Musikbusinesslogik: Wer aus Israel kommt, wird in der Jerusalemer Straße untergebracht.

Der Anblick einer übernächtigten Yael Naim, ungeschminkt, mit noch duschnassem Haar und einer Mischung aus Nachthemd und Hausherumschlontzanzug angetan (Rüschennachthemd zu Leggins zu Strickjacke) lässt aber sofort ein heimeliges Solidaritätsgefühl aufkommen. Sie und ihre Tourmanagerin Aurelie Sauffier haben auch keinen guten Tag erwischt. Einer von Naims Koffern ist unterwegs verlorengegangen, das letzte Mal wurde er in Orly gesichtet („I don’t mind if they forget it. But this time, they don’t even know where it is!“) . Zu allem Überfluss befand sich nicht nur die Kleidung Naims, sondern auch der Laptop von Sauffier darin – ein Desaster, welches ich sehr gut nachvollziehen kann. Auf dem Rückflug von Buenos Aires nach Berlin ist auch mein Gepäck kurzzeitig verlorengegangen: Antiquarische Noten und Bücher, Kopien aus Archiven und Bibliotheken, kurz: das Forschungsmaterial eines Herbstes – alles weg! Und der ungerührte Schalterbeamte konnte das Ausmaß der Katastrophe nicht angemessen würdigen, wie ich fand, dafür aber fand er etwas: nämlich meinen Koffer in Heathrow. Der wurde mir noch am selben Tag nach Hause geliefert; und mit dieser Story versuche ich Yael Naim und Aurelie Sauffier Mut zuzusprechen. Einen Vorteil hat der Verlust allerdings: Die Damen müssen nun wohl oder übel shoppen gehen. Nicht, dass sie Kleider mögen würden, nicht, dass sie Geld ausgeben wollten – aber ach, die Umstände zwingen sie eben zum Shoppen! Tragisch … Vorher der Bekleidungsersatzbeschaffung kann ich aber noch ein paar Fragen stellen.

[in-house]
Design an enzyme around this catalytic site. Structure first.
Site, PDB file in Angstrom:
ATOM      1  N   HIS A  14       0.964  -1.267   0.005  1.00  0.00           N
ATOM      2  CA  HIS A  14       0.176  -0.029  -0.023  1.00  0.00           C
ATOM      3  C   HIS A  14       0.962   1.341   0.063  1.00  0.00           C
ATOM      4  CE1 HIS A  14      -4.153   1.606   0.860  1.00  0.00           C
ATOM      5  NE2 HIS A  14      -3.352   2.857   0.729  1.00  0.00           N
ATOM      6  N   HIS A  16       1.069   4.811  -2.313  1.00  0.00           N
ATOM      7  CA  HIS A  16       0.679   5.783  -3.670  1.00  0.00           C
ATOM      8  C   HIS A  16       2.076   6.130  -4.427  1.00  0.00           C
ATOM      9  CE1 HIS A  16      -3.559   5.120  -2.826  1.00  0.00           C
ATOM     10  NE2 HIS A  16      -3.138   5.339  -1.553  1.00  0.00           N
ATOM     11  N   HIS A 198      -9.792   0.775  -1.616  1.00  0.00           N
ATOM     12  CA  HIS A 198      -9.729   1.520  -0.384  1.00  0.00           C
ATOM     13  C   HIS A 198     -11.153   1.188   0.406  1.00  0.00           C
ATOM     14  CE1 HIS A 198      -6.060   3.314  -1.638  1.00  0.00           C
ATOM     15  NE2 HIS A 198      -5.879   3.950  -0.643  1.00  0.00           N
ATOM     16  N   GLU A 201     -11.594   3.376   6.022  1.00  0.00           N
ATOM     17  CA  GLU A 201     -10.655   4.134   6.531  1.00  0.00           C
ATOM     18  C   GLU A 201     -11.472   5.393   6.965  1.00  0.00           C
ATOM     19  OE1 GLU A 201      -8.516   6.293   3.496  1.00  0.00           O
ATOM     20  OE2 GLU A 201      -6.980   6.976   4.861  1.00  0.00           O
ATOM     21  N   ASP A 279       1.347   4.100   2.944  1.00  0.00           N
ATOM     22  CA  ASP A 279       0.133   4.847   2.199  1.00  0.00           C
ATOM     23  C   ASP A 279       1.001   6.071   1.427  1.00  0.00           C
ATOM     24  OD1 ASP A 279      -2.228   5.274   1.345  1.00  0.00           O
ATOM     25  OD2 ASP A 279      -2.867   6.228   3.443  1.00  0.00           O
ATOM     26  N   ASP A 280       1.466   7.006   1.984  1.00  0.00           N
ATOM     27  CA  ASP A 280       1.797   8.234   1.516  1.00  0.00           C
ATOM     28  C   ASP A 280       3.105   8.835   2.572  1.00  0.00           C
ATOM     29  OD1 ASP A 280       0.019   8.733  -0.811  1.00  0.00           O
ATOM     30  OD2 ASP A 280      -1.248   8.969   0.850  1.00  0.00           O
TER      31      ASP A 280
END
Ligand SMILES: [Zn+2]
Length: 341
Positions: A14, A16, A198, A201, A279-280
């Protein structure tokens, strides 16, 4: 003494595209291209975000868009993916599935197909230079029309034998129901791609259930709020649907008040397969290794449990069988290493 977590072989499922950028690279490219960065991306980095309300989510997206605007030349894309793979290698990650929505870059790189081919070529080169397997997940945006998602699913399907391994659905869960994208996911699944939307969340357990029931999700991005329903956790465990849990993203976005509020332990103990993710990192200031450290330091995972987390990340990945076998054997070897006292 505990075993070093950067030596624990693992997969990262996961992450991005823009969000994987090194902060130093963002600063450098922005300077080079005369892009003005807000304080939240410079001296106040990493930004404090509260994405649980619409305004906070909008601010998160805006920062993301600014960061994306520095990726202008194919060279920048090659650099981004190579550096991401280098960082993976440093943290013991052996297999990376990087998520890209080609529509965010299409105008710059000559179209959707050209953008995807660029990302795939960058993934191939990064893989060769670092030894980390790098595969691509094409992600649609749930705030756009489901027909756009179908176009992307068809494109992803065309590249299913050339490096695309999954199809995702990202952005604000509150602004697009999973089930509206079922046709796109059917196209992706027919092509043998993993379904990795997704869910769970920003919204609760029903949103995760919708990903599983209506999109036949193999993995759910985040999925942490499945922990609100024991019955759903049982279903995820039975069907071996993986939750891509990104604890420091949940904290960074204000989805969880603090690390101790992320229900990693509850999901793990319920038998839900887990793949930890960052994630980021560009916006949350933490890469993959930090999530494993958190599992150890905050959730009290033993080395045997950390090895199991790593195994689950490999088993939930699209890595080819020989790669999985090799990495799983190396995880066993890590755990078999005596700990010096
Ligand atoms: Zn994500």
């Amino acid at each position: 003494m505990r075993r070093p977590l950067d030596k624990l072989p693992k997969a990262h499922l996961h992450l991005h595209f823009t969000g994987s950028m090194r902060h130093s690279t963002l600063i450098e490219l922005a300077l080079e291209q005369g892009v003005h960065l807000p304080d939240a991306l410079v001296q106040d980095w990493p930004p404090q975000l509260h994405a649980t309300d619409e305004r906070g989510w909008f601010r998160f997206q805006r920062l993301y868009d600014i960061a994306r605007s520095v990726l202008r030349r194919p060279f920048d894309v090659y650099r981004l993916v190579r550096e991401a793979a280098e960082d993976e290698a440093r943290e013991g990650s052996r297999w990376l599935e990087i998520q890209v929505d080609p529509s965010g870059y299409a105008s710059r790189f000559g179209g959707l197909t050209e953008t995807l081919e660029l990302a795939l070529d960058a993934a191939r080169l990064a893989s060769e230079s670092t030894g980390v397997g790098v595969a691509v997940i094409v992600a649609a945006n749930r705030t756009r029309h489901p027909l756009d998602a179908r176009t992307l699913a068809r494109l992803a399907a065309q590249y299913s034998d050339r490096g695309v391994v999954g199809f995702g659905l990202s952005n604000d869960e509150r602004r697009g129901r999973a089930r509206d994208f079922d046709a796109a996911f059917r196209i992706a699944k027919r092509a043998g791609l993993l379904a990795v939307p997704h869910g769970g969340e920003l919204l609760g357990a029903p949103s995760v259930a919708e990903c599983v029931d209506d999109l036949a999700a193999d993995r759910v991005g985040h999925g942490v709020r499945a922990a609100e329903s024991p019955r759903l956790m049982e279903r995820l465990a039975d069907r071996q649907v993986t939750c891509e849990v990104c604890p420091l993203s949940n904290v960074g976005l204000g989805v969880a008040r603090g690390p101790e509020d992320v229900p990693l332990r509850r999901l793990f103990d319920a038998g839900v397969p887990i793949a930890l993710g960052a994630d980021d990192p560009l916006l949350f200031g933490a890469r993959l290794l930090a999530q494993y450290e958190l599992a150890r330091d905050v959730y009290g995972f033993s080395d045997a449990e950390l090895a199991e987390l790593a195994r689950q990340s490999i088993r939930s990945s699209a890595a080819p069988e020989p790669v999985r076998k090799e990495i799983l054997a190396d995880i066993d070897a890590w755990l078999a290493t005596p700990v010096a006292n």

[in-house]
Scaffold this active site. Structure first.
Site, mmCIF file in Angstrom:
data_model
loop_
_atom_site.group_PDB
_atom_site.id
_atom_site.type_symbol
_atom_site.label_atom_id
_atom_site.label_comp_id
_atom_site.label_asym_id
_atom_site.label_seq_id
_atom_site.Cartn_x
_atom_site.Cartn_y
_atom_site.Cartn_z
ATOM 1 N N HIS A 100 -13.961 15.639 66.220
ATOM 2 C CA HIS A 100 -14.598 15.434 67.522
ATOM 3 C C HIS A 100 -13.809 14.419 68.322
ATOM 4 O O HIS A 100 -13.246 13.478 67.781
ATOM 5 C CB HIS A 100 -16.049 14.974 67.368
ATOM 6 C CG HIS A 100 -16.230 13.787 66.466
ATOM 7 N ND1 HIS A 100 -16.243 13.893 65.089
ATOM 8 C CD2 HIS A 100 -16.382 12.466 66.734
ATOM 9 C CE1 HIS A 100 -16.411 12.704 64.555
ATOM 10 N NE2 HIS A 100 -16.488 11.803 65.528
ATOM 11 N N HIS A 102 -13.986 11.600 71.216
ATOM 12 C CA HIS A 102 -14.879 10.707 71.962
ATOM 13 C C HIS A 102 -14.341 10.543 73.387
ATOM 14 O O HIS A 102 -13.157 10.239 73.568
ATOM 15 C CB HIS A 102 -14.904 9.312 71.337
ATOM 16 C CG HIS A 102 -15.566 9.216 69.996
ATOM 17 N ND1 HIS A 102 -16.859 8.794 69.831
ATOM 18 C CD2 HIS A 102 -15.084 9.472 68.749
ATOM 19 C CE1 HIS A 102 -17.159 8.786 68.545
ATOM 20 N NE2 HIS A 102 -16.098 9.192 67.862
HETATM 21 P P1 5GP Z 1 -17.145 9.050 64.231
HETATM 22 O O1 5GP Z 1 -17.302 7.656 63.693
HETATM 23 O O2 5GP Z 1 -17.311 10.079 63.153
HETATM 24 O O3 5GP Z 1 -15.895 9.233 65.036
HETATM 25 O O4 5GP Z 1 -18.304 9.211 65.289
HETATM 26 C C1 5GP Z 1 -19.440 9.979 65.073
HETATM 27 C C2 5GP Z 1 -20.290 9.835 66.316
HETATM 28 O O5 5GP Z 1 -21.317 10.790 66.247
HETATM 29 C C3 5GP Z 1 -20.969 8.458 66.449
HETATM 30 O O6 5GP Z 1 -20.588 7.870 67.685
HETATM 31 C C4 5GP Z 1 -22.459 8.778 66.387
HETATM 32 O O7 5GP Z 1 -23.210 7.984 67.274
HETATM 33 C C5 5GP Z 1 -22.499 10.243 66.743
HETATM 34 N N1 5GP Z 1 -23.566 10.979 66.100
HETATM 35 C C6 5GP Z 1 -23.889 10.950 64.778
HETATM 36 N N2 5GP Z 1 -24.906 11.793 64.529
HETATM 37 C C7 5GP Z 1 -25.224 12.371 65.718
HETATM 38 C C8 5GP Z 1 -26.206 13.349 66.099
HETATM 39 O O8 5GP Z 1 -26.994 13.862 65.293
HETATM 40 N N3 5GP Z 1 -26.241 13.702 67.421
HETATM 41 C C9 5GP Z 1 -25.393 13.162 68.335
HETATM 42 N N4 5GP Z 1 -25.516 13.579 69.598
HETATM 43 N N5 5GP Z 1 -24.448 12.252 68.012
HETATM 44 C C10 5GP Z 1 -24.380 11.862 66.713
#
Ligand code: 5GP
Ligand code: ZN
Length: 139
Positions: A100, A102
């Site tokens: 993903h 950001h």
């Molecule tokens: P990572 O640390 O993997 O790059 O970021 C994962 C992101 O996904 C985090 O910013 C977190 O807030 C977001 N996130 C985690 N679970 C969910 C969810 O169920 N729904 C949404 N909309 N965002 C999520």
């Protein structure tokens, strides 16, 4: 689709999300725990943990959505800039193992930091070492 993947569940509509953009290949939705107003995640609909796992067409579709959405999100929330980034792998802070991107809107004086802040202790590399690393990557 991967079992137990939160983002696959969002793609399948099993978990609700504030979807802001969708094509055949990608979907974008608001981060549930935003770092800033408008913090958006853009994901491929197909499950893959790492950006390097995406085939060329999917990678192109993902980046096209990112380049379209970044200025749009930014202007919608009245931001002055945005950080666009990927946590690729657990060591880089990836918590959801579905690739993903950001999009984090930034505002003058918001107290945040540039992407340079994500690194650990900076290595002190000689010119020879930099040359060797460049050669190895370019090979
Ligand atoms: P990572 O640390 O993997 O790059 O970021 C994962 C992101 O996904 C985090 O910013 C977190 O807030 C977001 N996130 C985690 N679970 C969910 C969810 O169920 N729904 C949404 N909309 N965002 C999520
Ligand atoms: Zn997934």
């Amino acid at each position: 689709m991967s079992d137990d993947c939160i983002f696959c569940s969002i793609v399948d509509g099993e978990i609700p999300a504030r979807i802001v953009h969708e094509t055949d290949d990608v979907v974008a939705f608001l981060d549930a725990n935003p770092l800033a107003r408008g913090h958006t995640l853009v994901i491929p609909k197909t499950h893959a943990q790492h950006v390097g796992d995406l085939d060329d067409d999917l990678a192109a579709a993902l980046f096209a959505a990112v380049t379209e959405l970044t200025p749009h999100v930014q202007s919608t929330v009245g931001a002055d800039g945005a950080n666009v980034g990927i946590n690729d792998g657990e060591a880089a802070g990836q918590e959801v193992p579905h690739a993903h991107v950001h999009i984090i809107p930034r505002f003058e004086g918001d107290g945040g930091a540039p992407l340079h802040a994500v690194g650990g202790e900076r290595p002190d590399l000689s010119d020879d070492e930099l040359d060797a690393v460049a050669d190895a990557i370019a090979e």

Israeli singer/songwriter Yael Naim on unconscious family codes & expectations, the inner child and things that just have to be let out

Klangverführer: Your new album’s pre-release single is called Come Home, a light airy song with a catchy melody, but also very meaningful lyrics. Does the title hint at a personal home coming, either musically speaking or physically with your return from Israel to your birth place Paris?

Yael Naim: There are some songs that speak about some more abstract experiences; some speak about more concrete … reality. This particular song speaks about a concrete reality, something I’ve been living through with my family. When I left Israel to Paris they used to tell me „come home“. But „come home“ here is not only physical, it’s also sometimes the fact that … when you grow up and live your own life, you maybe don’t take everything you’ve been taught, you develop your own opinion about things, you do different choices than you’ve been expected to … and then, again, the family or the community or whoever tells you „come back to what we gave you“ and you say, „yes, but I want to go from here and not from there“, so it’s a period, when you can fight or have a drama in the family … and at the end it was kind of resolved because at one point in the end of the song and in my life I felt suddenly that I can understand them: when you give to a child everything that you think is the best and it’s going some other way you start to panic in the beginning … so that’s what it’s about.